The Fomorians from Irish mythology are steeped in mystery. It is unknown where they came from, or the length of time they had knowledge of Ireland, and what actually happened to them. Lady Gregory describes one Fomorian habitat as a glass tower in the sea. Many people describe them as sea fairies or sea monsters. My best guess is that they were Nephilim!
Balor In the Celtic-Irish mythology, Balor is the god of death and the king of the Fomorians, a race of giants. Balor had only one eye, which he kept closed because anything he looked at would die instantly.
The Irish legend of the Children of Lir is about a stepmother transforming her children into swans for 900 years. In the legend The Wooing of Etain, the king of the Sidhe (subterranean-dwelling, supernatural beings) transforms himself and the most beautiful woman in Ireland, Etain, into swans to escape from the king of Ireland and Ireland's armies. The swan has recently been depicted on an Irish commemorative coin.
THE BANSHEE is a female spirit in Irish mythology, usually seen as an omen of death and a messenger from the underworld. In legend, a banshee is a fairy woman who begins to wail if someone is about to die. In Scottish Gaelic mythology, she is known as the bean sìth or bean-nighe and is seen washing the bloodstained clothes or armour of those who are about to die.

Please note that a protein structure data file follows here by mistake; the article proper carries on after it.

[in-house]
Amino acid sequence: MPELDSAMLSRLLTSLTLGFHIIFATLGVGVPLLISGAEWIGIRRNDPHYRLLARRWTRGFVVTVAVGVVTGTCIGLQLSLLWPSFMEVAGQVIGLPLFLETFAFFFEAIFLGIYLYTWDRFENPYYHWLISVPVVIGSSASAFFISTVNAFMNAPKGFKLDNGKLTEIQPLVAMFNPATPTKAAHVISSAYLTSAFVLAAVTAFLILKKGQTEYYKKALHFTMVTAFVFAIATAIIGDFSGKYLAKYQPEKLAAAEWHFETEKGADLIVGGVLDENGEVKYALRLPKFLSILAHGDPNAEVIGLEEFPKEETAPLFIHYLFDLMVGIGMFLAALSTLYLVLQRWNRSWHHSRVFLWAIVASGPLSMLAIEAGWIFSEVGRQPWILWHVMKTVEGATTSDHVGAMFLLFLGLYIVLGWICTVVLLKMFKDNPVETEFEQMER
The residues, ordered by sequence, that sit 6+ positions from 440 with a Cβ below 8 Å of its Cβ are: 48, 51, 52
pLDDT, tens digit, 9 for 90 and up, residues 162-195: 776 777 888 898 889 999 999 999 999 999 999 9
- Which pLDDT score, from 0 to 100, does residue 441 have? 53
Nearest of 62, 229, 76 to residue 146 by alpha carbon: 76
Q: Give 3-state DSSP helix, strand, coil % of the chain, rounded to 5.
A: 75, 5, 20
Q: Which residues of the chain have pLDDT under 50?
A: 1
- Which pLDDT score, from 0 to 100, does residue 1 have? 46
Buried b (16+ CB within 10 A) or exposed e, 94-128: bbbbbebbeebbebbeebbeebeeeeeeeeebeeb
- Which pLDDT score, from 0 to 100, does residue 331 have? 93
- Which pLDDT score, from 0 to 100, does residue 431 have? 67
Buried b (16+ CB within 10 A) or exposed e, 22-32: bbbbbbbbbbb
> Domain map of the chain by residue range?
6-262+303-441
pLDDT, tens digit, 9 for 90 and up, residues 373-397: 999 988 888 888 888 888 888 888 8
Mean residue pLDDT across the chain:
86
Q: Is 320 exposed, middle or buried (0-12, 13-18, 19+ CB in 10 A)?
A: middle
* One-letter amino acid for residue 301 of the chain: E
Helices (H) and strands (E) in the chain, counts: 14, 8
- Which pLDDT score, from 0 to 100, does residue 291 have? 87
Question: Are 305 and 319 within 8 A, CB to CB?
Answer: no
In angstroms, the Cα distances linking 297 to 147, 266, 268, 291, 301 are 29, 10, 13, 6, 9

In Irish mythology, the Morrigan ("phantom queen") was a war goddess who would sometimes take the form of a crow. She would fly over battlefields like this, inspiring fear in the hearts of those below.
A Phooka is a dangerous and often violent shapeshifting trickster from Celtic myth, known for their ability to change into great, fearsome black animals to scare humans. Some Phookas take a liking to humans and just play harmless pranks, other Phookas are blood-thirsty vampire-like creatures which lure humans to their doom.